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So I have been playing a lot of pacman on my cell lately and am wondering how do the ghosts seem to work independent of each other. I was thinking about how it would have been programmed.

One option that I thought of was threads. All 4 ghosts are running in their own threads and somehow find pacman's position. But it seems a bit to much to have four threads working and syncing would be hard. Also, google wrote pacman in Javascript which doesn't support threads, so it can be done without threads and there has to be an easier way.

My second thought was event handlers. I just wire the 'directionChanged' event that pacman will fire to 4 event handlers, one for each ghost. Each ghost then decides what path to take to get to pacman. This I think is more likely what is happening. But it can get slow if the event handlers are synchronously executed, because paths will have to be calculated sequentially and the 4th ghost will take time to change direction and this might create a visible lag (probably). Also, the ghosts would fire an event themselves when they hit a wall and their event handlers would change the ghosts direction. But given the frequency with which pacman changes directions and the four ghosts respond, event handlers also seem a bit too much.

I am saying the above ideas would be a bit too much because remember the game was written 30 years ago when cpu time and memory were scarce, so I think there has to be a much easier way.

Also, it seems that the ghosts are following different paths even when pacman is still. Do all the ghosts use completely different or differently optimized path finding algorithms?

I am more interested in finding out how all the ghosts seem to work for themselves simultaneously than the path finding algorithms they use. Thoughts?

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up vote 6 down vote accepted

You're drastically over-thinking this.

Threads and event-handlers are terribly slow by video game standards. Multi-threaded game engines are a relatively new invention, literally decades after Pacman was released. Pacman's meager logic will occur inside a single fairly tight loop, something like this very simplified pseudocode:

while (!pacman_dead) {
  foreach ghost {
    if (ghost has hit a wall) {
      if (pacman to left) turn left
      if (pacman to right) turn right
    } else {
      go straight
      if (ghost touched pacman) {
        pacman_dead = true


This is a fairly common pattern in gaming, and it gives the appearance of concurrence. Typically a game will run in a single loop, which "bumps" the game state forward by some tiny increment in the space between screen redraws. This is why performance is still very important in game development: Your game must iterate over every in-game object which need to do something or make some decision (AI-controlled opponents, moving platforms, simple animations, etc) and update their state at least 30 times per second.

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Though there must be a lot more logic internally, I think this should basically be the idea that must have been implemented. thanks. – desigeek Aug 25 '10 at 15:43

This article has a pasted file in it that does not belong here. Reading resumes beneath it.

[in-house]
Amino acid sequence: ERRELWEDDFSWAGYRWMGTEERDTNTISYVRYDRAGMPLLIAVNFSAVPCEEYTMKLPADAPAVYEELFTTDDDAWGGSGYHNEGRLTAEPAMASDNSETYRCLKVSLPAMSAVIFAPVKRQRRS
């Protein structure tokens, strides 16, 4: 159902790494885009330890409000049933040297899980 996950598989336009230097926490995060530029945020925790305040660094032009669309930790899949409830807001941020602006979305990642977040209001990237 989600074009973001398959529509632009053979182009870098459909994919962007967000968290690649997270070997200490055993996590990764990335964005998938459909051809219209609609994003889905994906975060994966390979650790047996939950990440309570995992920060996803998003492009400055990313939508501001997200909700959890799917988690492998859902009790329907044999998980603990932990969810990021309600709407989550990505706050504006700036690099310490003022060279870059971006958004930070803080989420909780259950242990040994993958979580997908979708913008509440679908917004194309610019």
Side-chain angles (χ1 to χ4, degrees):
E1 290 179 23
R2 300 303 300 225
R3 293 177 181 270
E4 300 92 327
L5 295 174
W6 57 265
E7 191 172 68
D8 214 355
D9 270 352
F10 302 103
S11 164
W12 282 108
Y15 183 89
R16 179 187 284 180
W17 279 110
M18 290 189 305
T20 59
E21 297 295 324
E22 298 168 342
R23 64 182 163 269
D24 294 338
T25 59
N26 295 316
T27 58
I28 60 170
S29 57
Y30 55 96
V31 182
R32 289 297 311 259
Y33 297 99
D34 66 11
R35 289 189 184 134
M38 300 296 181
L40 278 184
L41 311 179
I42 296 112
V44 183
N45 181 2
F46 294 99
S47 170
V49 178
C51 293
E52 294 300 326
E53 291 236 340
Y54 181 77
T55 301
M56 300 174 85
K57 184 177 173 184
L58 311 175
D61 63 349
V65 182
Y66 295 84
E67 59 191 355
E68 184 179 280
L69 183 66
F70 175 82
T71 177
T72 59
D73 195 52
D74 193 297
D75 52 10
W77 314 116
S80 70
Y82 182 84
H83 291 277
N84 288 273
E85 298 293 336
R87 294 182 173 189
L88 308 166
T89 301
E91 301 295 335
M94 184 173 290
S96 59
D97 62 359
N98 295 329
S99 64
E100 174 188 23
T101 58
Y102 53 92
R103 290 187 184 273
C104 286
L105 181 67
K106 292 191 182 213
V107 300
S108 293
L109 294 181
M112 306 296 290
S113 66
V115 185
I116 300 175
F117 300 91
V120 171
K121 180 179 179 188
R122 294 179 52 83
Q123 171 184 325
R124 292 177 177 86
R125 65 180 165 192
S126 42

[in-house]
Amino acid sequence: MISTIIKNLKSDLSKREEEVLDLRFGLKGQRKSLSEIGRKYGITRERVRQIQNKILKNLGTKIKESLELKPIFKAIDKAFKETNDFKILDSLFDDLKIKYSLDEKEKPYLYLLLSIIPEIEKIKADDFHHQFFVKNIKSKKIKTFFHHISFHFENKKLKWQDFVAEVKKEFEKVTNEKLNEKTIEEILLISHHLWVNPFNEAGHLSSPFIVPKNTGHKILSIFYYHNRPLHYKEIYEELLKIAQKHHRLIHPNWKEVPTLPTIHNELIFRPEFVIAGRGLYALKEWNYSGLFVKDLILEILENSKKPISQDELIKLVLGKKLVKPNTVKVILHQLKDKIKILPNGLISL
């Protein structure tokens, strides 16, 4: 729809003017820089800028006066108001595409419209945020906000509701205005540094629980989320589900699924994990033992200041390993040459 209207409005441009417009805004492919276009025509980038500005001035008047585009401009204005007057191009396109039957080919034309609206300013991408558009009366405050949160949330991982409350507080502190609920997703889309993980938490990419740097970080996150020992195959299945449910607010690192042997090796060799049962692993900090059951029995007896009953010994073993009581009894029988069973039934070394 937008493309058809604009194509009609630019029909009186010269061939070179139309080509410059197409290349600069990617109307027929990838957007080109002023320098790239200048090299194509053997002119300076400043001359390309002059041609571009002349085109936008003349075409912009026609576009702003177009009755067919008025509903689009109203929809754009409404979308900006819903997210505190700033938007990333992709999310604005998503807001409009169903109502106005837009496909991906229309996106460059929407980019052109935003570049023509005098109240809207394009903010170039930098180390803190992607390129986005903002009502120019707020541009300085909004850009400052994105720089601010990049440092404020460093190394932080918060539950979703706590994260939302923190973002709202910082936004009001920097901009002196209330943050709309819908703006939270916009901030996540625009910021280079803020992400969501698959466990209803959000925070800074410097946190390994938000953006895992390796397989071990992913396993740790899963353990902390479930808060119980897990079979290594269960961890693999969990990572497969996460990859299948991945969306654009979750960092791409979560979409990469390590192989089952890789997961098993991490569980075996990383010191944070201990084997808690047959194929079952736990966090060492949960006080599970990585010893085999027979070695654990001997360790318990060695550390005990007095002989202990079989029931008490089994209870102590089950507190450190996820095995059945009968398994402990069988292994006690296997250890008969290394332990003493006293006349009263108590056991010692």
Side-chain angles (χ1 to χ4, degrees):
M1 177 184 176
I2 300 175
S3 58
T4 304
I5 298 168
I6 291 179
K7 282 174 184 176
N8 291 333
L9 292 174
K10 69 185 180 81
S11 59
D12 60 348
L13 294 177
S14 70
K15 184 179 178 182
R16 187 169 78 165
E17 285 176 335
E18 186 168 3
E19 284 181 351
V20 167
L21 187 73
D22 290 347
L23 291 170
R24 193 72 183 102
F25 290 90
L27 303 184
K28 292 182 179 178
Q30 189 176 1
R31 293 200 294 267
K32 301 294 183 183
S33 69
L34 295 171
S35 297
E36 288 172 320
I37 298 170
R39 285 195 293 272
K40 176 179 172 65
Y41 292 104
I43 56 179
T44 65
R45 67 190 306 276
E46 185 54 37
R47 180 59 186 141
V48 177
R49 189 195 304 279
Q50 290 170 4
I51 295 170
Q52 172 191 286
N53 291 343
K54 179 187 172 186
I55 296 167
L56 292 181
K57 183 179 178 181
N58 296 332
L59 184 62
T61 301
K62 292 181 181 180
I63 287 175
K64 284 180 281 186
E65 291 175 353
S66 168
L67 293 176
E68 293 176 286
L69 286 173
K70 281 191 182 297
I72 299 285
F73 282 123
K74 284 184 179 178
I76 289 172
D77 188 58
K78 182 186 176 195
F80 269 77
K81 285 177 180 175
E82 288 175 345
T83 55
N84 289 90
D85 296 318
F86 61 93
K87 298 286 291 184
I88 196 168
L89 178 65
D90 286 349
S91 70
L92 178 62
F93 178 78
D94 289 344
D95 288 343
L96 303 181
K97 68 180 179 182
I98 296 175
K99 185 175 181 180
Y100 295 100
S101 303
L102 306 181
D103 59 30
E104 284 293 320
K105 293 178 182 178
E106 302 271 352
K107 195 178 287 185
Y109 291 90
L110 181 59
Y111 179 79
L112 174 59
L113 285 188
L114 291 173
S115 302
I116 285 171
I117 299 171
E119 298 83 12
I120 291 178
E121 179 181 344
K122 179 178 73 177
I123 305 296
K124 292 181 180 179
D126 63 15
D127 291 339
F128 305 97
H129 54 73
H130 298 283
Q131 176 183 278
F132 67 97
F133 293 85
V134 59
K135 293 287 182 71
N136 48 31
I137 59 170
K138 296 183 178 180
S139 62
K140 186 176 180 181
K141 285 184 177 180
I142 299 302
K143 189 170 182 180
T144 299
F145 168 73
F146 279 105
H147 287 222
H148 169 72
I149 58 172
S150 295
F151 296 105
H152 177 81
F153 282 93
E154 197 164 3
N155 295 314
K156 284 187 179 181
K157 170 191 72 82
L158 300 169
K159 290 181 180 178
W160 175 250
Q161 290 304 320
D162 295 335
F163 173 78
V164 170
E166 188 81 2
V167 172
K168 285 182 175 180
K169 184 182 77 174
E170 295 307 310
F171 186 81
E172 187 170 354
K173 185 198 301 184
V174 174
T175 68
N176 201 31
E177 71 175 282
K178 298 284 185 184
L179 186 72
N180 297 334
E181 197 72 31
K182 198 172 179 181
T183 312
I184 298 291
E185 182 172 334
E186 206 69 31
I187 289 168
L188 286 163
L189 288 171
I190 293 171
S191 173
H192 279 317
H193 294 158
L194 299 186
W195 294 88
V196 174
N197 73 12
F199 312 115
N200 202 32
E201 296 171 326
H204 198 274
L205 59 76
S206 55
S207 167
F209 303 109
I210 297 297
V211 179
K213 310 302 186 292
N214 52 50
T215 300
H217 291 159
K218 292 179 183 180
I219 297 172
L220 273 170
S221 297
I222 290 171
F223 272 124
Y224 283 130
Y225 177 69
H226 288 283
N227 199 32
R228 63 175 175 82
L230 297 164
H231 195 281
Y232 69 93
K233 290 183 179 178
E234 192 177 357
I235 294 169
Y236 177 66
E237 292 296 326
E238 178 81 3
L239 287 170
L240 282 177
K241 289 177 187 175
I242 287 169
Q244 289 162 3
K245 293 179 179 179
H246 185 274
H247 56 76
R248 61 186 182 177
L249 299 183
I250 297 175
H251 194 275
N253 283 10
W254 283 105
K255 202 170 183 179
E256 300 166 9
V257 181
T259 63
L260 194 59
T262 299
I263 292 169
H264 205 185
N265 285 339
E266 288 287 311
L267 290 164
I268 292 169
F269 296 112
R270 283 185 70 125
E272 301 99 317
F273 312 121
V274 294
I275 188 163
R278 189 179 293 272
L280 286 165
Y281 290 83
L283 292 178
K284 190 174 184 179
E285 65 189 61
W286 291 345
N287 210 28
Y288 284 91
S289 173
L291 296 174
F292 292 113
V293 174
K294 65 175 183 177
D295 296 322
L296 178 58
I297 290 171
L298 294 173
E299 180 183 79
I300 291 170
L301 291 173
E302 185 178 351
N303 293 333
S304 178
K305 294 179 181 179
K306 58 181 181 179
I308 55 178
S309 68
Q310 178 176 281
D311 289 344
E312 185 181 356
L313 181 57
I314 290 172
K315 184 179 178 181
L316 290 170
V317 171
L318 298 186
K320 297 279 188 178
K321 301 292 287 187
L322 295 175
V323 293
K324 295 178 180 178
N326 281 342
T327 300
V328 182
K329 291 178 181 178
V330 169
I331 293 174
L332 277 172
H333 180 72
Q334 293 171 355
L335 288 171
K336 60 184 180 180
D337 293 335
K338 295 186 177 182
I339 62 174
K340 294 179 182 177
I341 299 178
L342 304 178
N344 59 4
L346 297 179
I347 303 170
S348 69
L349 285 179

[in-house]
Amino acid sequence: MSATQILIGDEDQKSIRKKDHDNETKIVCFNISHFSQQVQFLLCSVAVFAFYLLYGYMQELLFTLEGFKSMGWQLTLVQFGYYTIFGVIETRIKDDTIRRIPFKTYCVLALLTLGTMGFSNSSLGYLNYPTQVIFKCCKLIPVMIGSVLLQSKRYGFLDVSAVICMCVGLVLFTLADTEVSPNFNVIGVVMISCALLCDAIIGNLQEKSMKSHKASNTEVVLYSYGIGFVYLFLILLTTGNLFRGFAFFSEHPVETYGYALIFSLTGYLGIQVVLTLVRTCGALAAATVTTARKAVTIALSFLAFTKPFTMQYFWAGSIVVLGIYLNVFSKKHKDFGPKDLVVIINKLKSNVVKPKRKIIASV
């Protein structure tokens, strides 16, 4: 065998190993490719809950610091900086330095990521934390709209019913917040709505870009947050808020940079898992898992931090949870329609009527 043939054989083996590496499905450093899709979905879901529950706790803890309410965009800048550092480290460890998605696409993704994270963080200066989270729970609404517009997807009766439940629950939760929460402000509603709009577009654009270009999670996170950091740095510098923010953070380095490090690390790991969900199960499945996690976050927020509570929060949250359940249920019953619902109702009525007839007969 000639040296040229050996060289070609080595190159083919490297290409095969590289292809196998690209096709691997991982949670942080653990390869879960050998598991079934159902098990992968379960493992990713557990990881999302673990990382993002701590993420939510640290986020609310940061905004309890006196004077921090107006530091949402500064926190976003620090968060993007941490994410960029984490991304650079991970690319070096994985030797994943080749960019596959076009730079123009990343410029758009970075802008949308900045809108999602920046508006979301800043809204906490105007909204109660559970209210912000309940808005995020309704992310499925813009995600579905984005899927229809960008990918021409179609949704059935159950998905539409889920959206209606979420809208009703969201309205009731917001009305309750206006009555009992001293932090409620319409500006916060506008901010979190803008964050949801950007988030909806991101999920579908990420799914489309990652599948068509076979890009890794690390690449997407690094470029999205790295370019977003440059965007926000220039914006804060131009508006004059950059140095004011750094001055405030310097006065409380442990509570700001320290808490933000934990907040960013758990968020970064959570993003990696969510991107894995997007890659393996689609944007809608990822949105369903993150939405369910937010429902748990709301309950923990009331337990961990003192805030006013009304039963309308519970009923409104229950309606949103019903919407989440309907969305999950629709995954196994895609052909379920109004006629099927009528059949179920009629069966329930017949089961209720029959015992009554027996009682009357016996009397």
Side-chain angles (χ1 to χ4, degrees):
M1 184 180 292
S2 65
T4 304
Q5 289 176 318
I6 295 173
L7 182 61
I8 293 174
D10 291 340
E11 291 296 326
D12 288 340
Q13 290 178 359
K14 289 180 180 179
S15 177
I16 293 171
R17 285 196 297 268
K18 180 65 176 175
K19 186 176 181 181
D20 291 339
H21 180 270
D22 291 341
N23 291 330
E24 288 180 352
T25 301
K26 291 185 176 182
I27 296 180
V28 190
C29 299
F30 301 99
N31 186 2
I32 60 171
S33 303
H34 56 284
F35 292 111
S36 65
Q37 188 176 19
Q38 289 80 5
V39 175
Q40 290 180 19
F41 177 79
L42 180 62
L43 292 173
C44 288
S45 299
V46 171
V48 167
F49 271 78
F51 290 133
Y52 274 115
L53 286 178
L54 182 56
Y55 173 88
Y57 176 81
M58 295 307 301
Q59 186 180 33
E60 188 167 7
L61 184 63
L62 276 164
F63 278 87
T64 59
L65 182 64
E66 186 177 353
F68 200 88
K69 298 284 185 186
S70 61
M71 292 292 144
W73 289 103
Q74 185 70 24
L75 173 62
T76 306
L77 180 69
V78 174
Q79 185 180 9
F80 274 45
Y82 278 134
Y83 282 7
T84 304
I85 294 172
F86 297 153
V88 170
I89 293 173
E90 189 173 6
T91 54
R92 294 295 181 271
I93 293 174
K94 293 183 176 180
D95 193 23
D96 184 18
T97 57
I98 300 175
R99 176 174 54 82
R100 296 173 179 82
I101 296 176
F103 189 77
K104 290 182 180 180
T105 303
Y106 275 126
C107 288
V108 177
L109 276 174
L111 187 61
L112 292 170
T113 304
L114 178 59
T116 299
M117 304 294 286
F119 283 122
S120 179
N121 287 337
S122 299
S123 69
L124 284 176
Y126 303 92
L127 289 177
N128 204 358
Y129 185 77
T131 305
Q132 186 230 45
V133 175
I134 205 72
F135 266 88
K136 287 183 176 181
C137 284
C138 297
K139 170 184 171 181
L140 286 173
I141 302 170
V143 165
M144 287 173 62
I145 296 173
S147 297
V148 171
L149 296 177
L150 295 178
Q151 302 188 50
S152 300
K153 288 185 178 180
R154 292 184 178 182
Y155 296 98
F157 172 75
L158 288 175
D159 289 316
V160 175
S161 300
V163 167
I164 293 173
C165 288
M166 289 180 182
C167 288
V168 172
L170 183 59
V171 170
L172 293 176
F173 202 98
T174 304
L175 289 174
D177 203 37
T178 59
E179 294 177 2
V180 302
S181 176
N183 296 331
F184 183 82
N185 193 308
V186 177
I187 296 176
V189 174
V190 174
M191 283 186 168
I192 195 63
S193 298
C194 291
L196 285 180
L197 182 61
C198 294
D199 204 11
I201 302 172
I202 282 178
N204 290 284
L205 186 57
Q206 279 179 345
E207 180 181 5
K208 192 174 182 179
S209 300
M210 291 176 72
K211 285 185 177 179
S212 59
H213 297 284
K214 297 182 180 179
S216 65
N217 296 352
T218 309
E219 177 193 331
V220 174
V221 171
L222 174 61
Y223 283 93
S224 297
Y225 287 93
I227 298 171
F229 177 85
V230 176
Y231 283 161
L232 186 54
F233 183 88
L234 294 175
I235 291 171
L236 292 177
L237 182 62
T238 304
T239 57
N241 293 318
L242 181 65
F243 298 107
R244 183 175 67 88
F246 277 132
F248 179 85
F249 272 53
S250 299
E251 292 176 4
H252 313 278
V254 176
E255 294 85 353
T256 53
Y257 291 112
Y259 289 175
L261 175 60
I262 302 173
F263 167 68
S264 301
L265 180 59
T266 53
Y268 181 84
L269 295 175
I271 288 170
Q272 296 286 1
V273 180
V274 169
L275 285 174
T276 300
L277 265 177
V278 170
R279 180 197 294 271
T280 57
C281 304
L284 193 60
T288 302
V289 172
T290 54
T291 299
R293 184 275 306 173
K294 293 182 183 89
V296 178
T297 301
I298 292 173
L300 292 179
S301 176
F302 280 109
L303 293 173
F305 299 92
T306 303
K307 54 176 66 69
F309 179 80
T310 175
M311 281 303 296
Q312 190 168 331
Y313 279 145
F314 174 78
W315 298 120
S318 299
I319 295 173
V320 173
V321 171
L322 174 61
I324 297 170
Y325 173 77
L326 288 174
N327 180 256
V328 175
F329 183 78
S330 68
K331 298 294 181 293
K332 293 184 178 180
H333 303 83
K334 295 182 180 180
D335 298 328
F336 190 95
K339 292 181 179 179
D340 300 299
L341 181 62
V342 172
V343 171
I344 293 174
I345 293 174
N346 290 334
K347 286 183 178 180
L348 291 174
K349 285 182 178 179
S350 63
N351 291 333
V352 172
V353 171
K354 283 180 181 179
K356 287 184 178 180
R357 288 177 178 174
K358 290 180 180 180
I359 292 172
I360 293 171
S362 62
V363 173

Except in the case where ghosts seek/run from you, in which case they use your location to determine the best avenue choice (or randomly chose one of the two). And for the record they need ONE thread so that they move independently of the user events (if you don't move they will get you) – Rudu Sep 1 '10 at 20:16
You need some randomness in the ghost's movements, otherwise, sooner or later all ghosts will move together in a bulk, which makes the game relatively easy. And of course a ghost doesn't have to hit a wall to change direction, he can do that on any intersection. In the original Pacman game, Ghosts can even reverse without warning. – ammoQ Sep 2 '10 at 7:19
If my memory serves, the ghosts' movement was more random the farther away they were. Or, stated the other way, their pursuit became more heated when nearby. If you ran past a ghost while fleeing another, they did tend to pile up. Once you managed to get some separation, they would drift apart again. – Simon Oct 6 '10 at 16:15

There's a lot of great information about how pacman works here including some detailed write ups about the ghosts behavior.

**Note I found this information from Pathfinding Algorithm For Pacman a while ago.


This blog post has even more information about the ghosts.

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holy $*^! that's an awesome page : D – Robert Karl Aug 21 '10 at 2:43
That is a truly great page. But that guy must not have left his apartment for weeks!! – David Hoerster Aug 21 '10 at 2:56
1… has another great explanation of their behavior – GWW Dec 4 '10 at 2:50

Before rendering each frame, I would loop over the ghosts. No events, threads, or async issues that way. Each ghost probably has a very crude heuristic for scoring its moves and making up its mind (turning left or right, no action, whatev).

Here's an implementation you could check out. :)

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